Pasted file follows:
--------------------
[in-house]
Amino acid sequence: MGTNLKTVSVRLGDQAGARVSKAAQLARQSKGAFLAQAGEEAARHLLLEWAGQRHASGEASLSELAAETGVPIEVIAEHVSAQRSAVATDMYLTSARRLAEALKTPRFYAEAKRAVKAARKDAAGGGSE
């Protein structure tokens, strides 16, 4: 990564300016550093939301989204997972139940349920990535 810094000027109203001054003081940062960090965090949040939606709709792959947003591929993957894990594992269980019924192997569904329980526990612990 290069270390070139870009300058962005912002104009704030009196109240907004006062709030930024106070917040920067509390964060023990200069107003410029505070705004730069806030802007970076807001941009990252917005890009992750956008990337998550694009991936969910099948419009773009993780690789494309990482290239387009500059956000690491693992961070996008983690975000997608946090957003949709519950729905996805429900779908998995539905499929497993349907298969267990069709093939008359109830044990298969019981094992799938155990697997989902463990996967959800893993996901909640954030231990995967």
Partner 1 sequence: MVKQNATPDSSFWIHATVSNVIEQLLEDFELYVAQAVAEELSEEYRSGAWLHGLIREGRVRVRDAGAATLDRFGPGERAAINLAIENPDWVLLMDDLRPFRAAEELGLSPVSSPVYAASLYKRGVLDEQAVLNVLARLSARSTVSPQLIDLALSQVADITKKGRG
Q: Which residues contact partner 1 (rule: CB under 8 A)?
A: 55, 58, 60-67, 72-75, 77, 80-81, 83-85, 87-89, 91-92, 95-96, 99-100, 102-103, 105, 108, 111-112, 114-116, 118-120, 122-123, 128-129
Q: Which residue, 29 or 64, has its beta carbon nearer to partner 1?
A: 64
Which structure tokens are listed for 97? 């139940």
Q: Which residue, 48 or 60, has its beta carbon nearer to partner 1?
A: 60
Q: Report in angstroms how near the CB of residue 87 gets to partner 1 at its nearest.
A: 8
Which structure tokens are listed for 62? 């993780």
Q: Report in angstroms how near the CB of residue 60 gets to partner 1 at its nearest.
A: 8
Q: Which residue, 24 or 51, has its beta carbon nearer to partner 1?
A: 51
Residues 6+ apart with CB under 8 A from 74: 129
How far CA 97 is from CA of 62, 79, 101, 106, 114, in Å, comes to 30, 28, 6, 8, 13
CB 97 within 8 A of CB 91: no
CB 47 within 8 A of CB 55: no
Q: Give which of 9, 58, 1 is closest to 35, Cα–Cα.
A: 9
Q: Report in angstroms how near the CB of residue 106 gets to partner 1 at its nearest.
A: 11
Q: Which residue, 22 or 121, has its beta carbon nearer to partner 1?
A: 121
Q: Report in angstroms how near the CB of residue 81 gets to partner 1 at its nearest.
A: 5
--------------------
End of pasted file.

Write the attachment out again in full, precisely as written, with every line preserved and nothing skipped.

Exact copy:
[in-house]
Amino acid sequence: MGTNLKTVSVRLGDQAGARVSKAAQLARQSKGAFLAQAGEEAARHLLLEWAGQRHASGEASLSELAAETGVPIEVIAEHVSAQRSAVATDMYLTSARRLAEALKTPRFYAEAKRAVKAARKDAAGGGSE
């Protein structure tokens, strides 16, 4: 990564300016550093939301989204997972139940349920990535 810094000027109203001054003081940062960090965090949040939606709709792959947003591929993957894990594992269980019924192997569904329980526990612990 290069270390070139870009300058962005912002104009704030009196109240907004006062709030930024106070917040920067509390964060023990200069107003410029505070705004730069806030802007970076807001941009990252917005890009992750956008990337998550694009991936969910099948419009773009993780690789494309990482290239387009500059956000690491693992961070996008983690975000997608946090957003949709519950729905996805429900779908998995539905499929497993349907298969267990069709093939008359109830044990298969019981094992799938155990697997989902463990996967959800893993996901909640954030231990995967």
Partner 1 sequence: MVKQNATPDSSFWIHATVSNVIEQLLEDFELYVAQAVAEELSEEYRSGAWLHGLIREGRVRVRDAGAATLDRFGPGERAAINLAIENPDWVLLMDDLRPFRAAEELGLSPVSSPVYAASLYKRGVLDEQAVLNVLARLSARSTVSPQLIDLALSQVADITKKGRG
Q: Which residues contact partner 1 (rule: CB under 8 A)?
A: 55, 58, 60-67, 72-75, 77, 80-81, 83-85, 87-89, 91-92, 95-96, 99-100, 102-103, 105, 108, 111-112, 114-116, 118-120, 122-123, 128-129
Q: Which residue, 29 or 64, has its beta carbon nearer to partner 1?
A: 64
Which structure tokens are listed for 97? 């139940």
Q: Which residue, 48 or 60, has its beta carbon nearer to partner 1?
A: 60
Q: Report in angstroms how near the CB of residue 87 gets to partner 1 at its nearest.
A: 8
Which structure tokens are listed for 62? 């993780």
Q: Report in angstroms how near the CB of residue 60 gets to partner 1 at its nearest.
A: 8
Q: Which residue, 24 or 51, has its beta carbon nearer to partner 1?
A: 51
Residues 6+ apart with CB under 8 A from 74: 129
How far CA 97 is from CA of 62, 79, 101, 106, 114, in Å, comes to 30, 28, 6, 8, 13
CB 97 within 8 A of CB 91: no
CB 47 within 8 A of CB 55: no
Q: Give which of 9, 58, 1 is closest to 35, Cα–Cα.
A: 9
Q: Report in angstroms how near the CB of residue 106 gets to partner 1 at its nearest.
A: 11
Q: Which residue, 22 or 121, has its beta carbon nearer to partner 1?
A: 121
Q: Report in angstroms how near the CB of residue 81 gets to partner 1 at its nearest.
A: 5